Chianti Classico needs to focus on its villages
David Berry Green, Italian buyer for Berry Bros & Rudd, has called for Chianti Classico’s producers to start identifying themselves by village.
In his latest blog post for the merchant and speaking to the drinks business at BBR’s press tasting earlier this week, Green said that the quality of Chianti Classico has “never been higher” and “the identities behind the different villages never more clearly defined.”
Speaking to db, he said: “People often compare Piedmont to Burgundy and Tuscany to Bordeaux because of the bigger estates and blending and Super Tuscans and so on.
“But what Tuscany does really well is Sangiovese. It’s bigger and more complete now and they don’t need Merlot to cover any of the cracks,” clearly leading to purer, more distinct wines.
He added that there was still some confusion over Chianti and Chianti Classico – something that greater differentiation in Chianti Classico on a village level might help solve as well as “acknowledging the identity and authenticity of each village.”
What is more, at a time when collectors are searching for greater diversity, and provenance when buying fine wines, a village denomination could prove extremely beneficial.
He described his mounting frustration with the regional consorzio which happily organises producers into villages at its tastings and in its marketing but has so far “fudged” the issue.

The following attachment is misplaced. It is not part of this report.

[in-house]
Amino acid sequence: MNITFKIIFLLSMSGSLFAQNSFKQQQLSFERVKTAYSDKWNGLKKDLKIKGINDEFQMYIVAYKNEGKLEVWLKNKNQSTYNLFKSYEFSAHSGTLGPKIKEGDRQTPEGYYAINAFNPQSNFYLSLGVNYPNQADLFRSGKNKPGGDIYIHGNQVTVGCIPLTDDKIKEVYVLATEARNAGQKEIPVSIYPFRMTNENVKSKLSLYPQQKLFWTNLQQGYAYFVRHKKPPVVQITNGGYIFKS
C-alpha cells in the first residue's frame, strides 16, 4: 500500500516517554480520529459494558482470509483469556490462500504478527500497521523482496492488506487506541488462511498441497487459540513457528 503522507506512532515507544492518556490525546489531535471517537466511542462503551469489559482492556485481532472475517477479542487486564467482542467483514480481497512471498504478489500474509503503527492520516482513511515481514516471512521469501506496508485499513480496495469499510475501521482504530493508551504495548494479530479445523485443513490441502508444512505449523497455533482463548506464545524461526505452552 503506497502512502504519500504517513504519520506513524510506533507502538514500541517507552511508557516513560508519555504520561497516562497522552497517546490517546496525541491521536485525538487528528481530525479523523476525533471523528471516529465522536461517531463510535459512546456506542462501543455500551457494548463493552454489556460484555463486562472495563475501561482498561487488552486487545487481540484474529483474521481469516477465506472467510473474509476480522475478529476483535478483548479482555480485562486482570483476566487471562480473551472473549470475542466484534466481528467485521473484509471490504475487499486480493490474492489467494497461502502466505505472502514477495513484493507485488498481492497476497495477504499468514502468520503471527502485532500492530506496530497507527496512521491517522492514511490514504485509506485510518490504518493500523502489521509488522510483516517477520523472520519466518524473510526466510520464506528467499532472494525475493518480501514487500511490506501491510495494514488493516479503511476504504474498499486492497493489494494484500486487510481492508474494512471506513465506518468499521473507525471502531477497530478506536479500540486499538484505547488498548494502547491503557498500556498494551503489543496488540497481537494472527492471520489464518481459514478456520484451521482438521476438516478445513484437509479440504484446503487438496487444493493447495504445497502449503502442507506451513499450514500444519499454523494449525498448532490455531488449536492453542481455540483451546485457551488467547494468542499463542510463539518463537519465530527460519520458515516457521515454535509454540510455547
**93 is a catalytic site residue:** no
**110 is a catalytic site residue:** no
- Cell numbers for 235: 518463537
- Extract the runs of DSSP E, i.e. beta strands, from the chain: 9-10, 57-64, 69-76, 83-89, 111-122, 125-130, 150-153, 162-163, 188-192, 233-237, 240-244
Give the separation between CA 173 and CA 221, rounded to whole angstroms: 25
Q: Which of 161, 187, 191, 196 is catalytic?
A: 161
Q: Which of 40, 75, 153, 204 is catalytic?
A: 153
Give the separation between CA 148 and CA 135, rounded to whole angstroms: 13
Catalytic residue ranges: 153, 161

After decades of dispute, in 2010 it was finally announced that Chianti would separate from Chianti Classico, and clear boundaries were laid down to enforce the issue.
However, unlike in the Langhe where it was recently announced that there would be vineyard delimitations (menzioni geografiche), no such statement has been made in Chianti.
Instead, the consorzio recently announced plans to slightly update the gallo nero cockerel (pictured above), introduce a new “gran selezione” and to reinforce what constitutes a riserva.
Green noted the producers dismay at this “authentic revolution” as, “yet another example of bureaucratic tinkering without adding any real value to a product they’ve slavishly refined over the years, they scoff that the ‘Gran Selezione’ is just one ‘Grand Casino’ (‘big mess’).
“Sorry Consorzio but to me the term ‘Gran Selezione’ is just plain ‘naff’, harking back to the 1980s, while the term ‘Riserva’ is generally regarded in the UK as ‘passé, a massive fudge, a wine that lacks provenance, has spent too long (drying out) in wood and is often too expensive…”
He argued that it is more than possible to conduct a tasting pitting Chianti Classico villages against one another as is already done with Pommard vs Volnay or Margaux vs Pauillac.
Indeed, at the BBR tasting he presented four Chianti Classicos each from a different village (Villa Calcinaia in Greve; Bibbiano in Castellina; Monte Bernardi in Panzano and Badia a Coltibuono in Gaiole) and each with a 2010 and a 2008/9 vintage by way of comparison.
In conclusion he argued on his blog that Chianti Classico should remain as the generic style classification for the DOCG and the very best wines should display their village name.
“It’s time to put each one of the Chianti Classico villages firmly on the map by writing them clearly on the labels, notably not as ‘Greve in Chianti’ but simply as ‘Greve’ so distinguishing the wines from the their volume driven neighbours (Chianti).”
He added to db, “One doesn’t talk about Burgundy so much as one talks about the villages. We need to create and talk about these differences.”
Sadly, he concluded, until or unless some of the larger, volume-driven, producers with interests in both Chiantis were willing to give up their claims then this idea would probably not go ahead even if it was unofficially accepted.
On a similar theme, db recently reported that Querciabella had acquired land in Chianti Classico with the express intention of producing single vineyard crus.